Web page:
It was first presented to the seventh-grade challenge students at St. Mary Magdalen in Media, where it is still taught. It has since appeared in the Springfield middle and high schools, Penncrest, Kennett Square High School and Temple University, and in the Ridley School District. There are plans to have it at Kohelet Yeshiva High School in Bala Cynwyd.

No matter where it is, the core remains the same.

“I want them to know that they can achieve financial stability no matter where you start,” Palermo said. “We all start at zero.”

He said he wants the students to understand the choices they make either add to their wealth or subtract from it and part of that comes from living within one’s means, saving and building credit

Palermo said students need to learn how to handle credit cards and debt. “They have to learn to use it properly,” he said. “It’s not the card that’s bad. It’s how you use it.”

Palermo said he teaches them to avoid money traps, such as unfinished car loans that roll over from vehicle to vehicle or retail sales. For instance, he said he’ll ask them, “If Abercrombie’s having a 30 percent sale this weekend, are you going? Did you outgrow your clothes? There’s always another sale.”

Other strategies he offers is building a financial team and developing a savings plan.

The vision for FACE, Palermo explained, is to bring this instruction into as many classes as possible.

“The goal is to get into every school that wants us,” he said.

At least one parent said the FACE presentation was accessible to her child in an effective way.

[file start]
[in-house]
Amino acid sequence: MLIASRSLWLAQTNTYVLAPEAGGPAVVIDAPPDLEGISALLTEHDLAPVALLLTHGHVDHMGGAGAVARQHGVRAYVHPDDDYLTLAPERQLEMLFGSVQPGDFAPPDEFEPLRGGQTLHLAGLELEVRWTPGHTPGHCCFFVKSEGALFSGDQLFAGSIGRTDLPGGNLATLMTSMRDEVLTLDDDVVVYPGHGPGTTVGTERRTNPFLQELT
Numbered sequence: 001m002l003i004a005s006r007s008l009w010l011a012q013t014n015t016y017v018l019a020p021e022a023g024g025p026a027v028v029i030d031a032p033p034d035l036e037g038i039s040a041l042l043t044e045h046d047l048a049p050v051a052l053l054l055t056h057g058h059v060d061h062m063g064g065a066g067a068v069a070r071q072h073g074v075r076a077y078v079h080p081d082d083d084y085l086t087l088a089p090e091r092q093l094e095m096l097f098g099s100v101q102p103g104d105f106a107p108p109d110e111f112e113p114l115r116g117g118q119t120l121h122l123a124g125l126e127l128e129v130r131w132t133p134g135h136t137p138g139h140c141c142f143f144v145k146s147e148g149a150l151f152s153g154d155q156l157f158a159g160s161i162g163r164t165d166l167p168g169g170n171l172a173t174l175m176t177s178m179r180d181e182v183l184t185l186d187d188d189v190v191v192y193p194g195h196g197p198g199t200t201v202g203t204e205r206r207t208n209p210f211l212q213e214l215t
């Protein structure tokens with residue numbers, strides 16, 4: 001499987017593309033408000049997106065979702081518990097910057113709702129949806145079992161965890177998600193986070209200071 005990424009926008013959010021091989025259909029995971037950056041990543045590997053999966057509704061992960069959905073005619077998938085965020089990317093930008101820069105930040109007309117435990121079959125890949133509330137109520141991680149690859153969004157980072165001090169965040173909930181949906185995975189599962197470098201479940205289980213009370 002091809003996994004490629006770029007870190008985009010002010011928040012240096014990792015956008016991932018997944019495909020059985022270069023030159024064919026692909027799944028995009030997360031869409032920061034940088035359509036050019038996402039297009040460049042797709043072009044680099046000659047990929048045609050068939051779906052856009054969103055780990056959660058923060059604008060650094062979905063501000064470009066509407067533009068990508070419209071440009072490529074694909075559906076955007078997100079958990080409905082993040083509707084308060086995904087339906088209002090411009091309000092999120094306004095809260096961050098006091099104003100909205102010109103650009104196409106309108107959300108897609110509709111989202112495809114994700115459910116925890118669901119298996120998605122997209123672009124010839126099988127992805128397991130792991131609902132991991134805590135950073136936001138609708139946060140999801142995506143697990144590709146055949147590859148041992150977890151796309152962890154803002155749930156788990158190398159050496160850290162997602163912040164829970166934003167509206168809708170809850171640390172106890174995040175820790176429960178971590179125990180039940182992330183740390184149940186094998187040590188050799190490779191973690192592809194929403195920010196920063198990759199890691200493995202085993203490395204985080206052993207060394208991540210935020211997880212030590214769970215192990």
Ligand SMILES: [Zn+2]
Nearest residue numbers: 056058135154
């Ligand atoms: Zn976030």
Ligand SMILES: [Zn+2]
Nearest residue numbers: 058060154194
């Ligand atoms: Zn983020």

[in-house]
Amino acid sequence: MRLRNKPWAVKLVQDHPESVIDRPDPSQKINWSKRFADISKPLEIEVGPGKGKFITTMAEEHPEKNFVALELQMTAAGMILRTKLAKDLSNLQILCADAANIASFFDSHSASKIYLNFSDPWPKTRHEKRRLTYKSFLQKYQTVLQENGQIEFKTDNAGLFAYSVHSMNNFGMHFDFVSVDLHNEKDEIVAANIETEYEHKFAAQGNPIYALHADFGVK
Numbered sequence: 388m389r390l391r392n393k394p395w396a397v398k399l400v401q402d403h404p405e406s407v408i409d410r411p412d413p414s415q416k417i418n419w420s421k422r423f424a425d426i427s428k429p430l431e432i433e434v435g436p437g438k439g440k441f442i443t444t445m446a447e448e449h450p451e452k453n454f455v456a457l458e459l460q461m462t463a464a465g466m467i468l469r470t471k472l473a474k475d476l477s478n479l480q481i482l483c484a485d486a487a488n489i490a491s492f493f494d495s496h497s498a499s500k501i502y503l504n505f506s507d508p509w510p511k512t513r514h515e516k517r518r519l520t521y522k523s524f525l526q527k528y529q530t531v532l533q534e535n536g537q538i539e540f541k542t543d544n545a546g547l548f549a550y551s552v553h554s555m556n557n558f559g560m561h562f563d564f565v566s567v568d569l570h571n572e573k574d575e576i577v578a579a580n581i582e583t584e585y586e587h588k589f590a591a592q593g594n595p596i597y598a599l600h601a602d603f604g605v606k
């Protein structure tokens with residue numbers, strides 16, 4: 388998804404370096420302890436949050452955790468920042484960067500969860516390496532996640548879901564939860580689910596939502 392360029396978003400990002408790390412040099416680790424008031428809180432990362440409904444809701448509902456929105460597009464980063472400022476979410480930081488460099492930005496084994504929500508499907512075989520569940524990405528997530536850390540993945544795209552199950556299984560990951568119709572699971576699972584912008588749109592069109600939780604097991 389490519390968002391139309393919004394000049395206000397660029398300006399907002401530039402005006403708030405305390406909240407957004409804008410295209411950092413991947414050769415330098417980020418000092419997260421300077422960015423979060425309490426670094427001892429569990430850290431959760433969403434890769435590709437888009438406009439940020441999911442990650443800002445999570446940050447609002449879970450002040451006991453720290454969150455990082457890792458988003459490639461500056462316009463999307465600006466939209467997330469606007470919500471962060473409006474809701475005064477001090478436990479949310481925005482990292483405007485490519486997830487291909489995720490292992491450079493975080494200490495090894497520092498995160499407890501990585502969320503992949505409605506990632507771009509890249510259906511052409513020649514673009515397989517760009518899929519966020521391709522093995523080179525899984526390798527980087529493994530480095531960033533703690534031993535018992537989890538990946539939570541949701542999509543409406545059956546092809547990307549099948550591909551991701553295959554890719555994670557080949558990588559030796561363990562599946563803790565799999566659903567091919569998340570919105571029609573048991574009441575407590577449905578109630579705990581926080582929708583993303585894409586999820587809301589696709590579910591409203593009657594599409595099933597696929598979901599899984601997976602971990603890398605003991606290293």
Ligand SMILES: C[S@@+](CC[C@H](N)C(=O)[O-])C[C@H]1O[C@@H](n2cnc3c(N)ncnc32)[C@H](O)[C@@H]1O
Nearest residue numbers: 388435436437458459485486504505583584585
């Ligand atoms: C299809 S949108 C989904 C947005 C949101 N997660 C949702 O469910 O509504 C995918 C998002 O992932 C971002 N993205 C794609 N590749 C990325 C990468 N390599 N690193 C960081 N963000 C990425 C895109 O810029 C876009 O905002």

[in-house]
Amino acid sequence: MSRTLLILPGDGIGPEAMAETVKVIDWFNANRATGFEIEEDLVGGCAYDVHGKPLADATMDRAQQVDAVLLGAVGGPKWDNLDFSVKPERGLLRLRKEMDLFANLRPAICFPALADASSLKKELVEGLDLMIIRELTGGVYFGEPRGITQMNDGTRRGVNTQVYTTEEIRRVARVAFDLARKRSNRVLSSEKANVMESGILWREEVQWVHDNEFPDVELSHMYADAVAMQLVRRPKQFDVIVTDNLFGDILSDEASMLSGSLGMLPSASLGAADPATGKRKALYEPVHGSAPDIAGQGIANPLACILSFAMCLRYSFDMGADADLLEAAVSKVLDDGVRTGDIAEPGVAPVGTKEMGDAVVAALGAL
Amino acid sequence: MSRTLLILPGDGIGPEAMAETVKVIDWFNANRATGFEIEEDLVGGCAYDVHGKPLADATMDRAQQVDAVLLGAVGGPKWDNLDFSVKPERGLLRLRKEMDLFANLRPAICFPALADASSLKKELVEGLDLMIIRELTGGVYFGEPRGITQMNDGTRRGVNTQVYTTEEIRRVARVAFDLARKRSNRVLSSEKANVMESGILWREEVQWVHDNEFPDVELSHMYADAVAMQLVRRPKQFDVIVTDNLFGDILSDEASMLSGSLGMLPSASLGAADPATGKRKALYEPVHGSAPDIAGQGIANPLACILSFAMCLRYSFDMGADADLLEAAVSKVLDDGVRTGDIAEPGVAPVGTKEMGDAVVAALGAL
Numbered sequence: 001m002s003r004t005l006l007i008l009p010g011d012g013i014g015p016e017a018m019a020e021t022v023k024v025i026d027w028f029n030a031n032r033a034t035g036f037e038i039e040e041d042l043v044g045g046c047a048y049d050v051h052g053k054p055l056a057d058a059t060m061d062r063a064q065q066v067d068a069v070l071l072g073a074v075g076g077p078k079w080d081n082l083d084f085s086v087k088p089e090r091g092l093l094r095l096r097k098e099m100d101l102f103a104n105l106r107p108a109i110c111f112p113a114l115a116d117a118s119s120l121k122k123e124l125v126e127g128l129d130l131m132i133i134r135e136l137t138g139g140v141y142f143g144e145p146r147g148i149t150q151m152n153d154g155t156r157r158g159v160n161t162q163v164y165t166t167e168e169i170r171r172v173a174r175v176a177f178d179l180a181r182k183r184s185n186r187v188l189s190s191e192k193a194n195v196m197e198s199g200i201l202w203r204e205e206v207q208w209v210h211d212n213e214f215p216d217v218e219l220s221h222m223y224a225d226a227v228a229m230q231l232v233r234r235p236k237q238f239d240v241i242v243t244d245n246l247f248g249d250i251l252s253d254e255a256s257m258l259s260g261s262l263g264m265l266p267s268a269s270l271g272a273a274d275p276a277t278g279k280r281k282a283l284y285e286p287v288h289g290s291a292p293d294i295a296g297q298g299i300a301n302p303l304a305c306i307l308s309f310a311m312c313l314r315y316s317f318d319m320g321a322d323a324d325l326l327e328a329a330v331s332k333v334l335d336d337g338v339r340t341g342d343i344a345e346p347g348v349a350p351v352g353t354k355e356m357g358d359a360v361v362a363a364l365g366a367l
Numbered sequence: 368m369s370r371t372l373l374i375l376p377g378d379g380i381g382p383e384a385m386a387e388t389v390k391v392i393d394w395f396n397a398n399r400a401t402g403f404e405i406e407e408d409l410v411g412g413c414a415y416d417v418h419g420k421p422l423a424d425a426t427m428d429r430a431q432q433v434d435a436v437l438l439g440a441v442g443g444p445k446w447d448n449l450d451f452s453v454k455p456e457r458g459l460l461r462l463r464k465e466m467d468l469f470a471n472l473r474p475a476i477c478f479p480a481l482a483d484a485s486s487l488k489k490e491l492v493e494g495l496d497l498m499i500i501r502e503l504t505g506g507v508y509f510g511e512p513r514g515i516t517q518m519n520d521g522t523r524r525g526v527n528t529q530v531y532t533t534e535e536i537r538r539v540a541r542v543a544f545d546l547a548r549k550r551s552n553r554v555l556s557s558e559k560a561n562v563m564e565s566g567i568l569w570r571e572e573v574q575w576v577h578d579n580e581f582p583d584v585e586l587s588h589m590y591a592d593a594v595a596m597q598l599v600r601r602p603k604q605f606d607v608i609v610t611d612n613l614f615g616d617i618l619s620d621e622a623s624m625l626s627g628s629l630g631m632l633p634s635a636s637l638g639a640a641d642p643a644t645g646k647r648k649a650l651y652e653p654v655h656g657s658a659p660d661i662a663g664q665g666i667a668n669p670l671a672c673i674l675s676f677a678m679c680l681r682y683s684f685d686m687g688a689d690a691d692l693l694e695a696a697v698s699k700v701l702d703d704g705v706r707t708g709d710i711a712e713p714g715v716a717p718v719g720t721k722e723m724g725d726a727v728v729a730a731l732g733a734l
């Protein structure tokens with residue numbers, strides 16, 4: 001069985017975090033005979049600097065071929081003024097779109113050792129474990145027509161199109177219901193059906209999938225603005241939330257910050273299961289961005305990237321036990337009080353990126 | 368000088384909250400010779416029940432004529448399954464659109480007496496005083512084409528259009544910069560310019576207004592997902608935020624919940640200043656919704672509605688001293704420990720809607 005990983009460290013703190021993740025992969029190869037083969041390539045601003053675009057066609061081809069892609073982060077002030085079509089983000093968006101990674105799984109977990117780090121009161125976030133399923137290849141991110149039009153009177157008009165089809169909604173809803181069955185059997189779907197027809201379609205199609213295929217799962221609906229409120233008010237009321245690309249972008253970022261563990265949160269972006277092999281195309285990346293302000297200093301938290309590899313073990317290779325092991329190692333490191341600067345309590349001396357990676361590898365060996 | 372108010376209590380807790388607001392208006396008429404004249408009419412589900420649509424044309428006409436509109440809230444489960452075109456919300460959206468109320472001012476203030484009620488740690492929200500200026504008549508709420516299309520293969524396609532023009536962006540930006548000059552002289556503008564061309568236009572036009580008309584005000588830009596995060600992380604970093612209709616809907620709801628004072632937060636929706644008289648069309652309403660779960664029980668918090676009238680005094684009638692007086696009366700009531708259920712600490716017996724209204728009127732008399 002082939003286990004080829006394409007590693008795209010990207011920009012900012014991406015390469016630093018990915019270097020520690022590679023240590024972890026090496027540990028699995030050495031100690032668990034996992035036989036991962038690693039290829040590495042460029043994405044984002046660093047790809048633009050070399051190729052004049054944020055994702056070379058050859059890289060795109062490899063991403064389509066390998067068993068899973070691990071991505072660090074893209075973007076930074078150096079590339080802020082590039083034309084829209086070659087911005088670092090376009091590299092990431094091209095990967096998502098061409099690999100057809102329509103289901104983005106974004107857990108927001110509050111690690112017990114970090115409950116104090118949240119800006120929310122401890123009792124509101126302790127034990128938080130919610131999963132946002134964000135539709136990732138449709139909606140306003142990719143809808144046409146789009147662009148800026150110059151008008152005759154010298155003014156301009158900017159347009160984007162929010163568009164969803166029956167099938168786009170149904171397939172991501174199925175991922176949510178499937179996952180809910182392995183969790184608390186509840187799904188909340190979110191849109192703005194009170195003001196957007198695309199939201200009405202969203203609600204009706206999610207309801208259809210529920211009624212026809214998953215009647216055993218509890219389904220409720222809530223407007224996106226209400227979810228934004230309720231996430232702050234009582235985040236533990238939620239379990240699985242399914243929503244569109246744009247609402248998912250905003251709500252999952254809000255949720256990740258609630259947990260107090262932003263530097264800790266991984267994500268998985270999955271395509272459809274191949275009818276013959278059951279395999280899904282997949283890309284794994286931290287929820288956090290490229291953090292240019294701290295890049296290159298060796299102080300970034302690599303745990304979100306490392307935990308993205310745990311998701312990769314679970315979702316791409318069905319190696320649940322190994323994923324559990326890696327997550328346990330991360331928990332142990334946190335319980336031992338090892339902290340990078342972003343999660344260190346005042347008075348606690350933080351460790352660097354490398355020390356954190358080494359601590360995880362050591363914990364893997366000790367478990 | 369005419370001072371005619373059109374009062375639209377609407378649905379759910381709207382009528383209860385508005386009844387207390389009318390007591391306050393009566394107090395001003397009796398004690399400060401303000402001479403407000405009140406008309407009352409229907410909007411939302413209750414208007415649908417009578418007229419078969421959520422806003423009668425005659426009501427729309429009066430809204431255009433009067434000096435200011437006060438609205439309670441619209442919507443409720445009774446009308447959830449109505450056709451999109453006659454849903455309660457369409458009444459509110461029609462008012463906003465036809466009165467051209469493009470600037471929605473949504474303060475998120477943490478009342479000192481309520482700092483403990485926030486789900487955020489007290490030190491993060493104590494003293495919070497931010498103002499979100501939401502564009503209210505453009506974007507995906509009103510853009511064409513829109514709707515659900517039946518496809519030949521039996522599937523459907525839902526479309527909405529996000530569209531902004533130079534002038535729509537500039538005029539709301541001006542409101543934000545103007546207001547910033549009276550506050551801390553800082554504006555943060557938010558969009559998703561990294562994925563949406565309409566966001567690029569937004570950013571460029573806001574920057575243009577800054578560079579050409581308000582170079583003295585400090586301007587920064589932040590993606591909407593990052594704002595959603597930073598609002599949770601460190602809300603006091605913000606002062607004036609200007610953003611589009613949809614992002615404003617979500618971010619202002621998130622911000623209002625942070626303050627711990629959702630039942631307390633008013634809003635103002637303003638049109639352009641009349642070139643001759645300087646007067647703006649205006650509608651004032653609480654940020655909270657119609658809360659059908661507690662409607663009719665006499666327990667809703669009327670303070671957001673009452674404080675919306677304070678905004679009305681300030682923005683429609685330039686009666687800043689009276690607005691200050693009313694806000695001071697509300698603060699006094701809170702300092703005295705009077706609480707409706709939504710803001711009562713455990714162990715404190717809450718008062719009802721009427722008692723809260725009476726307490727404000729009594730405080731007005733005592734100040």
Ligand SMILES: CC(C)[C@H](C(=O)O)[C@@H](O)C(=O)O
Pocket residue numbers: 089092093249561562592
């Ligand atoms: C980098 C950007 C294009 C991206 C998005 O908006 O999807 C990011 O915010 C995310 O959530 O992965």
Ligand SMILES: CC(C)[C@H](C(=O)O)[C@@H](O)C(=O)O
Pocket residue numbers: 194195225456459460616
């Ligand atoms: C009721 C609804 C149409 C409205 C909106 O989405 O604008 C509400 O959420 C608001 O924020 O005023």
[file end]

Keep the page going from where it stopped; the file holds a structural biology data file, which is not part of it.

“Chris was able to make a very important and complicated concept easy (and even exciting) for a 15-year-old to understand,” Roberts Cadorette said. “Chris is wonderful at talking to these kids at their level and in language they understand. Josh left the presentation not only with a better understanding of credit and making good financial choices, but also with a true interest in the world of finance.”

David Matthews, a business education teacher at Penncrest, had the six-week FACE program for about 125 of his students. He said the message reiterated his lessons by presenting some real-life stories to the financial topics.

“I think it was very well done,” Matthews said. “The message is vitally important to high school students. Financial literacy is huge. It’s something most people wished they had learned in high school. I think these classes should be mandatory.”


FYI: The Foundation for Adolescent Credit Education can be reached at or by calling Christopher Palermo, FACE’s executive director, at 610-764-4091.

In Focus : Community Affairs

Thursday, July 7, 2011